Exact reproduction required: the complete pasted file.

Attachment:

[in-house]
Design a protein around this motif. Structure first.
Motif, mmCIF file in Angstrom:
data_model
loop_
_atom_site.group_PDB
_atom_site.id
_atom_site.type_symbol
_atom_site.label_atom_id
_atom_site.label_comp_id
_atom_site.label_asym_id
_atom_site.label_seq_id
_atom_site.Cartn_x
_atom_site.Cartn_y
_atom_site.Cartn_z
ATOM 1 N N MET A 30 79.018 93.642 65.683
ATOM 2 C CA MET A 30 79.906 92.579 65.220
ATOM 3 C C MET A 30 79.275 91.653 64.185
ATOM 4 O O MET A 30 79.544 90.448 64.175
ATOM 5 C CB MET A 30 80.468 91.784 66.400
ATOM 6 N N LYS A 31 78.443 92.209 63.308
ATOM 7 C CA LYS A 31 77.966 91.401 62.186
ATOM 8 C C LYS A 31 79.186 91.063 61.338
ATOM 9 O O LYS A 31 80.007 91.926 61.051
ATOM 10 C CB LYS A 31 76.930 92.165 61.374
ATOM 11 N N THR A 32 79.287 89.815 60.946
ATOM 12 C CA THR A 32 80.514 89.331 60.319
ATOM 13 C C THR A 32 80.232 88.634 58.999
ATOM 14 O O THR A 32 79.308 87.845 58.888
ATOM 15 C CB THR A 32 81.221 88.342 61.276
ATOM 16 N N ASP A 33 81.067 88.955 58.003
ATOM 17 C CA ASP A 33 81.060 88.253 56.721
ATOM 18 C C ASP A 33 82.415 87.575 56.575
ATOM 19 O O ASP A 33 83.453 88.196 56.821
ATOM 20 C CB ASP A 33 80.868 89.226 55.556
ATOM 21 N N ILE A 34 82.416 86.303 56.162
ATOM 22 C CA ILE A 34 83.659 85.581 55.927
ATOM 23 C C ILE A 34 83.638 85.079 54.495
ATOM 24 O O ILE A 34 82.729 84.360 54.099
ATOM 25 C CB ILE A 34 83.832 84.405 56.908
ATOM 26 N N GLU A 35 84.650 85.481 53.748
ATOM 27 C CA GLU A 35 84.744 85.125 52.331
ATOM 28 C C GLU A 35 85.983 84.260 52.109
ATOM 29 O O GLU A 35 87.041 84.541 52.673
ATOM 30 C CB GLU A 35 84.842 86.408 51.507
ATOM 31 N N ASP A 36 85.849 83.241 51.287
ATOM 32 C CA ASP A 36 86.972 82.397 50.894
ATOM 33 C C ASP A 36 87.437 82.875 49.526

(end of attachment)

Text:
[in-house]
Design a protein around this motif. Structure first.
Motif, mmCIF file in Angstrom:
data_model
loop_
_atom_site.group_PDB
_atom_site.id
_atom_site.type_symbol
_atom_site.label_atom_id
_atom_site.label_comp_id
_atom_site.label_asym_id
_atom_site.label_seq_id
_atom_site.Cartn_x
_atom_site.Cartn_y
_atom_site.Cartn_z
ATOM 1 N N MET A 30 79.018 93.642 65.683
ATOM 2 C CA MET A 30 79.906 92.579 65.220
ATOM 3 C C MET A 30 79.275 91.653 64.185
ATOM 4 O O MET A 30 79.544 90.448 64.175
ATOM 5 C CB MET A 30 80.468 91.784 66.400
ATOM 6 N N LYS A 31 78.443 92.209 63.308
ATOM 7 C CA LYS A 31 77.966 91.401 62.186
ATOM 8 C C LYS A 31 79.186 91.063 61.338
ATOM 9 O O LYS A 31 80.007 91.926 61.051
ATOM 10 C CB LYS A 31 76.930 92.165 61.374
ATOM 11 N N THR A 32 79.287 89.815 60.946
ATOM 12 C CA THR A 32 80.514 89.331 60.319
ATOM 13 C C THR A 32 80.232 88.634 58.999
ATOM 14 O O THR A 32 79.308 87.845 58.888
ATOM 15 C CB THR A 32 81.221 88.342 61.276
ATOM 16 N N ASP A 33 81.067 88.955 58.003
ATOM 17 C CA ASP A 33 81.060 88.253 56.721
ATOM 18 C C ASP A 33 82.415 87.575 56.575
ATOM 19 O O ASP A 33 83.453 88.196 56.821
ATOM 20 C CB ASP A 33 80.868 89.226 55.556
ATOM 21 N N ILE A 34 82.416 86.303 56.162
ATOM 22 C CA ILE A 34 83.659 85.581 55.927
ATOM 23 C C ILE A 34 83.638 85.079 54.495
ATOM 24 O O ILE A 34 82.729 84.360 54.099
ATOM 25 C CB ILE A 34 83.832 84.405 56.908
ATOM 26 N N GLU A 35 84.650 85.481 53.748
ATOM 27 C CA GLU A 35 84.744 85.125 52.331
ATOM 28 C C GLU A 35 85.983 84.260 52.109
ATOM 29 O O GLU A 35 87.041 84.541 52.673
ATOM 30 C CB GLU A 35 84.842 86.408 51.507
ATOM 31 N N ASP A 36 85.849 83.241 51.287
ATOM 32 C CA ASP A 36 86.972 82.397 50.894
ATOM 33 C C ASP A 36 87.437 82.875 49.526